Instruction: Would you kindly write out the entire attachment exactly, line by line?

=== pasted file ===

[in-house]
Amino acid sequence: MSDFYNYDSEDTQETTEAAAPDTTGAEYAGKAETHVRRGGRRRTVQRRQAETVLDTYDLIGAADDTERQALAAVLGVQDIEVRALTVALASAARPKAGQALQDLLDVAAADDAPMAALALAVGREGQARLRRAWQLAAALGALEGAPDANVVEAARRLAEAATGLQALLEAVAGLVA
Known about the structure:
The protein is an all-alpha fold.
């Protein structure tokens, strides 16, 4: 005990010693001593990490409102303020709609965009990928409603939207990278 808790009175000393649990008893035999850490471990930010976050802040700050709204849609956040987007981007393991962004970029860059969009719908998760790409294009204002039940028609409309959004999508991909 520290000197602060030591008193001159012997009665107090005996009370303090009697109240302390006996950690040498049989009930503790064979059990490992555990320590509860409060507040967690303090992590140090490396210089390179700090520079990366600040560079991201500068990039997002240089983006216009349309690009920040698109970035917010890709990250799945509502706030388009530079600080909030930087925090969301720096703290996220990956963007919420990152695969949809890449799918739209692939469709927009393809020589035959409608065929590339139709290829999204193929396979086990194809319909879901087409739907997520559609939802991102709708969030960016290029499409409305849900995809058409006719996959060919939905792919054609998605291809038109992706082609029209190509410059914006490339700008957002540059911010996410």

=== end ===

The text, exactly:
[in-house]
Amino acid sequence: MSDFYNYDSEDTQETTEAAAPDTTGAEYAGKAETHVRRGGRRRTVQRRQAETVLDTYDLIGAADDTERQALAAVLGVQDIEVRALTVALASAARPKAGQALQDLLDVAAADDAPMAALALAVGREGQARLRRAWQLAAALGALEGAPDANVVEAARRLAEAATGLQALLEAVAGLVA
Known about the structure:
The protein is an all-alpha fold.
């Protein structure tokens, strides 16, 4: 005990010693001593990490409102303020709609965009990928409603939207990278 808790009175000393649990008893035999850490471990930010976050802040700050709204849609956040987007981007393991962004970029860059969009719908998760790409294009204002039940028609409309959004999508991909 520290000197602060030591008193001159012997009665107090005996009370303090009697109240302390006996950690040498049989009930503790064979059990490992555990320590509860409060507040967690303090992590140090490396210089390179700090520079990366600040560079991201500068990039997002240089983006216009349309690009920040698109970035917010890709990250799945509502706030388009530079600080909030930087925090969301720096703290996220990956963007919420990152695969949809890449799918739209692939469709927009393809020589035959409608065929590339139709290829999204193929396979086990194809319909879901087409739907997520559609939802991102709708969030960016290029499409409305849900995809058409006719996959060919939905792919054609998605291809038109992706082609029209190509410059914006490339700008957002540059911010996410």